Like many relatively inexpensive southern cities, Tucson also gets its fair share of people who are in service industries and make the numbers work because of the lower cost of living. Finally, there are also a large number of work-from-homers already here, on their way, or thinking about making the move.

Why You Should Move Here Now?

It’s on the upswing.

Tucson is a growth city. But you should get while the getting is good. Relative to California, Colorado, Washington or Oregon or anywhere colder and/or more expensive, Tucson among other Arizona cities are increasingly popular and “filling up” fast.

Neighborhoods in Tucson

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West University

College Students

West University actually borders the University of Arizona so for convenience it is hard to beat. There is plenty of shopping and cheap, good grub and the streetcar runs through the neighborhood making it easy to getting downtown or into the University. Sam Hughes is another popular choice, centrally located between Downtown and the UofA, it’s a popular choice for the youngsters who want convenient access to the Downtown scene as much as school.

  • West University
  • Sam Hughes
  • Hedrick Acres
  • Starr Pass
  • Downtown


Young Professionals

Most young professionals will start their search in the City Center area. It’s a bit pricier than some of the more college-heavy neighborhoods but for those who want a walk/bike to work, tons of restaurants/bars and coffee shops, and a cool boutique shopping and arts scene this is going to be on your list. The aforementioned Sam Hughes is also popular. It’s kind of at the nexus of all sorts of different communities: plenty of college kids, young professionals, but also families drawn to the beautiful old homes.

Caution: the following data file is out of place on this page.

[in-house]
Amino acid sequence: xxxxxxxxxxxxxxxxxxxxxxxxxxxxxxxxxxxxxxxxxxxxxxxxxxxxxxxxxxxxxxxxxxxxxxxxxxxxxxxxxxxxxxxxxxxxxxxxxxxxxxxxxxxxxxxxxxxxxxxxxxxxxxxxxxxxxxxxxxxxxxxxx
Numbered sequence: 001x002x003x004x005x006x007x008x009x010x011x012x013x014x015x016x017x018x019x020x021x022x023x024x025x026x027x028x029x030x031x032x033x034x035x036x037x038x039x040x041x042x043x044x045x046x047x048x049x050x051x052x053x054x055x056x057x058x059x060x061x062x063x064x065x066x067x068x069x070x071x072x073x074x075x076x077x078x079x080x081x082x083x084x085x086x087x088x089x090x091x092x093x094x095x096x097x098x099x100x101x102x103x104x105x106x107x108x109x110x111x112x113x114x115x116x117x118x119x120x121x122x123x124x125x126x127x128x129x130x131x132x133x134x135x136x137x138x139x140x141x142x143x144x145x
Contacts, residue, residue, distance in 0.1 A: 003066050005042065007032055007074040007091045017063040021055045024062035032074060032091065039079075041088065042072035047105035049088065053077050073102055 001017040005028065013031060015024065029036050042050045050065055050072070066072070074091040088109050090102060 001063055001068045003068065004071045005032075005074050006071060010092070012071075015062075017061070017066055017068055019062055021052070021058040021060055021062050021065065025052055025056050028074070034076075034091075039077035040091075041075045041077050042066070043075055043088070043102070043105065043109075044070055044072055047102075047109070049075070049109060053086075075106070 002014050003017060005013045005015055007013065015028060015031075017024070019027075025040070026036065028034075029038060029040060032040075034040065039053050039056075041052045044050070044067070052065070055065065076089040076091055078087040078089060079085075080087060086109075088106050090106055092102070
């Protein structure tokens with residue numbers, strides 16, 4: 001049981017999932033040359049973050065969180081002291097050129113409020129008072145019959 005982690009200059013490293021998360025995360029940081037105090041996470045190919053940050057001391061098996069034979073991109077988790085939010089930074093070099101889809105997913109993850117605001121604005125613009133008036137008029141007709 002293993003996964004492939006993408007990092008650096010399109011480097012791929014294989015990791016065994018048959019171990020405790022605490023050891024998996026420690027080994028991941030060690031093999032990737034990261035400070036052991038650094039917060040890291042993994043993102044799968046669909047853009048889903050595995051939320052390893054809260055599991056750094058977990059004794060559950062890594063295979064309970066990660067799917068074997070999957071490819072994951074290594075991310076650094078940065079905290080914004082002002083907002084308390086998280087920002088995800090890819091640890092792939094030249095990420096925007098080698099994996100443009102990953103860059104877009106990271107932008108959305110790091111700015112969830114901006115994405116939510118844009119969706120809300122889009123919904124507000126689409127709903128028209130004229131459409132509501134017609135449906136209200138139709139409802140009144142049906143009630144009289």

• Downtown
  • Sam Hughes
  • Armory Park
  • El Presidio

El Presidio

Young Families

One of the most interesting neighborhoods in Tucson is El Presidio. Multi-culturally diverse, and one of the few neighborhoods in America in which Native American languages are spoken, it has an interesting mix of long-time residents, new young professionals drawn to the art galleries and arts scene, and young families who appreciate the inexpensive housing and are looking for an interesting cultural experience. Another interesting option is Marana, a small town on the edge of the city. It has inexpensive but newly built, bigger homes. It also has a high percentage of college-educated residents, and tons of people who work in the burgeoning tech season. Commuting to downtown is an issue but you get easier access to the great outdoor scene.

  • El Presidio
  • Manana
  • Sam Hughes

Sam Hughes

Established Families

Catalina Foothills is one of the most expensive neighborhoods in Tucson and with good reason. In addition to have the largest footprint homes in the city it also has some of the best schools, upscale shopping and arts scene, and an excellent safety score for parents who worry about their kiddos biking around the blocks.
Catalina Foothills

  • Sam Hughes
  • Civano
  • Dove Mountain

Dove Mountain

Empty Nesters/Retirees

Dove Mountain has become a hot destination for retirees due to the building of a beautiful new golf course and club at the base of the Tortolito Mountains. It’s just north of the city so access to downtown requires hitting the freeway but it is one of the most beautiful areas in all of Tucson being at the base of the mountains and plenty of hiking and biking trails in the neighborhood and easily accessible beyond. It also has mix of affordable and expensive homes, accommodating to whatever income, fixed or otherwise, people are depending on.

  • Dove Mountain